9. I am moving and would like to keep my existing customers and do business via mail/UPS/Fedex. However, I am concerned that these groups may only reimburse the value of the materials and not the labor that went into the piecing and quilting. I plan on insuring the quilt when shipping it back, but I don't want to be responsible if something goes wrong in shipping. Does anyone have a policy that they explain to customers their limited liability before shipping quilts back and forth? Thanks! Julia
  10. The ones that are hardest for me are ones that have a lot of symmetry, straight diagonal lines, or patterns that line up directly on top of each other that make it obvious if you mess up or aren't exactly on the line. Go for organic open shapes and patterns that are offset with each row. The size of the pattern is important too - I like wider pantos that I don't have to advance as often as narrower pantos. I like pantos that have more open space (quicker) than very dense patterns. I too bought used patterns and quickly found I prefer custom. Julia
  11. have you considered calling her and asking if she would like you to redo her borders? I know it would be difficult to work with, now that the batting is also involved, but I have done that when it just seemed unworkable otherwise. You could give her the option of redoing borders or tucks. I would charge her for the service. It's not your fault that the quilt is poorly done.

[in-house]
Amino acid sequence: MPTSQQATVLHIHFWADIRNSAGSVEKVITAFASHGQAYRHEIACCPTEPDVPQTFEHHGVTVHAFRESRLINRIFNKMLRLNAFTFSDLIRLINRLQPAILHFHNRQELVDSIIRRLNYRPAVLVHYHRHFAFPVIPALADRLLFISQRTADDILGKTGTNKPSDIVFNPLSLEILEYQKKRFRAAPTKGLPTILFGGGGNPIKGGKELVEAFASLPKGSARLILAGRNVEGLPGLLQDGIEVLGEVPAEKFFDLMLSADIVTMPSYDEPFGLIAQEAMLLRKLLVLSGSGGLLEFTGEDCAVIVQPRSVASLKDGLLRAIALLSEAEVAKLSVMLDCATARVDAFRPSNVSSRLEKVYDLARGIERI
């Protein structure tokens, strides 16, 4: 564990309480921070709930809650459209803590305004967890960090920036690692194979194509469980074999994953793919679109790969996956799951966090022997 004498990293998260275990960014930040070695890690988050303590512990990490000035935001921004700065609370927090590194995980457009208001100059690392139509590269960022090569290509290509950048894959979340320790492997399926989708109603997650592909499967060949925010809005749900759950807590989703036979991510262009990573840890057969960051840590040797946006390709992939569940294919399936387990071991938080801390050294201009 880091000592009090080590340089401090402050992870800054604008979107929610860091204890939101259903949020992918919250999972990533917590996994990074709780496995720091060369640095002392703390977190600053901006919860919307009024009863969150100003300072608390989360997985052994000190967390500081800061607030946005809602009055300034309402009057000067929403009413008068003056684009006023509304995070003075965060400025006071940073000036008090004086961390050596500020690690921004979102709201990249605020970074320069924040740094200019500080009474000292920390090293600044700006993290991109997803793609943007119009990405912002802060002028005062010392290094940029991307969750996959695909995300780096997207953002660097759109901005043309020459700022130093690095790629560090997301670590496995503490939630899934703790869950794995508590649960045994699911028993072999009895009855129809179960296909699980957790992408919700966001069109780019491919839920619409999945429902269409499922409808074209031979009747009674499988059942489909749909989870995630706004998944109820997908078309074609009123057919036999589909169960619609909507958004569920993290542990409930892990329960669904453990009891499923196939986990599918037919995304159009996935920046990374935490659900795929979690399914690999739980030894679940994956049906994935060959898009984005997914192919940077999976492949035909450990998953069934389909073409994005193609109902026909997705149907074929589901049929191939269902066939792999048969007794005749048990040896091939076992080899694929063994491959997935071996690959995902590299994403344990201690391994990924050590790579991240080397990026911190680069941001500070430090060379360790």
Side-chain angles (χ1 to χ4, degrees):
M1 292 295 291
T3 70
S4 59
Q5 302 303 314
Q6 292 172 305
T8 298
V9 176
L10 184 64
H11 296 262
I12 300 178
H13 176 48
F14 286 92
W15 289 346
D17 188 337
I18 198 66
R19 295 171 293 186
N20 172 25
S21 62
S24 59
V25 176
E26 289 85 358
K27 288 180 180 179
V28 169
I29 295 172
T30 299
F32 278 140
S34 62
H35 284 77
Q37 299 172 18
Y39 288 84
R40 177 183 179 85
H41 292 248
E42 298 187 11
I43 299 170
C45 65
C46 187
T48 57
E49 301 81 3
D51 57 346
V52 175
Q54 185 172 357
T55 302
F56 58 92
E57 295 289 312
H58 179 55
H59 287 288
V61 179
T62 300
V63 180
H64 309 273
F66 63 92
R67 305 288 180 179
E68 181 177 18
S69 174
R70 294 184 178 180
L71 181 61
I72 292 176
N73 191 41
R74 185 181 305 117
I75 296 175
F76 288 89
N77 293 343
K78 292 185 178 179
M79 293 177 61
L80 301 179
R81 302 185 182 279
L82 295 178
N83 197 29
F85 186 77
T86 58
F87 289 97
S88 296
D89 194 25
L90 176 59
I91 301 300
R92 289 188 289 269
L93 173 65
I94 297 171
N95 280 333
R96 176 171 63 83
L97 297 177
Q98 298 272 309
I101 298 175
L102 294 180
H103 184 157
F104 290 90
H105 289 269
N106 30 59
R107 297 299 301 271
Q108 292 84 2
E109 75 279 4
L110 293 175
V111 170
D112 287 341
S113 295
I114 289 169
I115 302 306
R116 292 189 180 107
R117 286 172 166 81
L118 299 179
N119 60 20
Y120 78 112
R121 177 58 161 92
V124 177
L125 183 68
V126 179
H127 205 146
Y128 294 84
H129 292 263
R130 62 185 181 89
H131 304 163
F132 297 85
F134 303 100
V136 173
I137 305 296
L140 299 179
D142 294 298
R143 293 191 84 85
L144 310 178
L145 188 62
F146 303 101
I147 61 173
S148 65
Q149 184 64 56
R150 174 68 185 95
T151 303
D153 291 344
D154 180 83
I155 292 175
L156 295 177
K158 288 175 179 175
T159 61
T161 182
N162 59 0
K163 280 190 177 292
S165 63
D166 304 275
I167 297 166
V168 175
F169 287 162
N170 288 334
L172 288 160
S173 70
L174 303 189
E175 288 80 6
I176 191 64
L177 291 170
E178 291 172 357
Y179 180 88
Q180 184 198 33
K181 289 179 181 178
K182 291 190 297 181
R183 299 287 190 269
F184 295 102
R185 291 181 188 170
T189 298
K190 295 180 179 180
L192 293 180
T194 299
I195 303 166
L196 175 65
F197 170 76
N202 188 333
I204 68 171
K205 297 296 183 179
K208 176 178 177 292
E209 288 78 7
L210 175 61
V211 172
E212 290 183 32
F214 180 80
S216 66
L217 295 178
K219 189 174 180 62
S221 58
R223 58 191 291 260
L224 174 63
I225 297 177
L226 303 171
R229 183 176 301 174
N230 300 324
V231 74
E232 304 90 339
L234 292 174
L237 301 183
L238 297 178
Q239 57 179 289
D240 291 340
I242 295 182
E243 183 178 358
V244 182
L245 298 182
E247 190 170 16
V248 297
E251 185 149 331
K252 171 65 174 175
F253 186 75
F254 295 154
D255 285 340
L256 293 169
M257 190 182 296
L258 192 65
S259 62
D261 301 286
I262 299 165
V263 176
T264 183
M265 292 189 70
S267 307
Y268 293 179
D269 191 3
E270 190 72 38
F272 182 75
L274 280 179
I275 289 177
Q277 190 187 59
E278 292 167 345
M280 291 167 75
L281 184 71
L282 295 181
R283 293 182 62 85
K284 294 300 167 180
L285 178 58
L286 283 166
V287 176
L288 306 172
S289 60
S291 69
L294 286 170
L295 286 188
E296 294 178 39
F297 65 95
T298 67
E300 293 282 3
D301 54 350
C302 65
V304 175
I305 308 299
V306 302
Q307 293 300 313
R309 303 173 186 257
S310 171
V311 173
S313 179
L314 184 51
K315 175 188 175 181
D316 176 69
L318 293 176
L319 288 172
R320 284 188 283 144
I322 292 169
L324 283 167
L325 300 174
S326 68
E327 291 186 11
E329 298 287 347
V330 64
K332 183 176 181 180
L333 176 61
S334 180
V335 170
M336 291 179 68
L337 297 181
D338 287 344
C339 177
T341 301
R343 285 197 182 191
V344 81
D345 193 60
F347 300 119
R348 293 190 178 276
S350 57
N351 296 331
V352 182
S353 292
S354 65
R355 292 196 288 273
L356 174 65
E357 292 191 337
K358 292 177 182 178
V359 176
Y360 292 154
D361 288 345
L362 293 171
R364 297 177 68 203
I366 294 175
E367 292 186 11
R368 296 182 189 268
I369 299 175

12. I have quilted any number of odd things for customers, including an envelope quilt as described. I explained that there was a danger of tucks, and that I couldn't quilt up to the edges because I needed to have a place to attach the quilt to the frame and clamps, and the customer was good with it. I wrote all this on the intake form and the customer signed it, acknowledging the risk of tucks and that there wouldn't be quilting within an inch of the edge of the quilt. I then pin based the quilt sandwich about every 5-8 inches. I pinned strips of fabric (about 4" wide) to all the sides and then attached the fabric strip to the leaders and clamps. I did a very large meander, taking out the pins as I approached them, and easing in any fullness on the top or backing. I checked the back often to see if I had any problems. I did end up with a few small tucks, but they weren't very noticeable. So - it's not the best situation, but not impossible. I find that setting expectations with the customer up front really helps. \ I've also added additional quilting to an already quilted and bound quilt. I did the same trick of pinning fabric strips to the sides so I had something to pin to the leaders and for the clamps. It worked just fine. Julia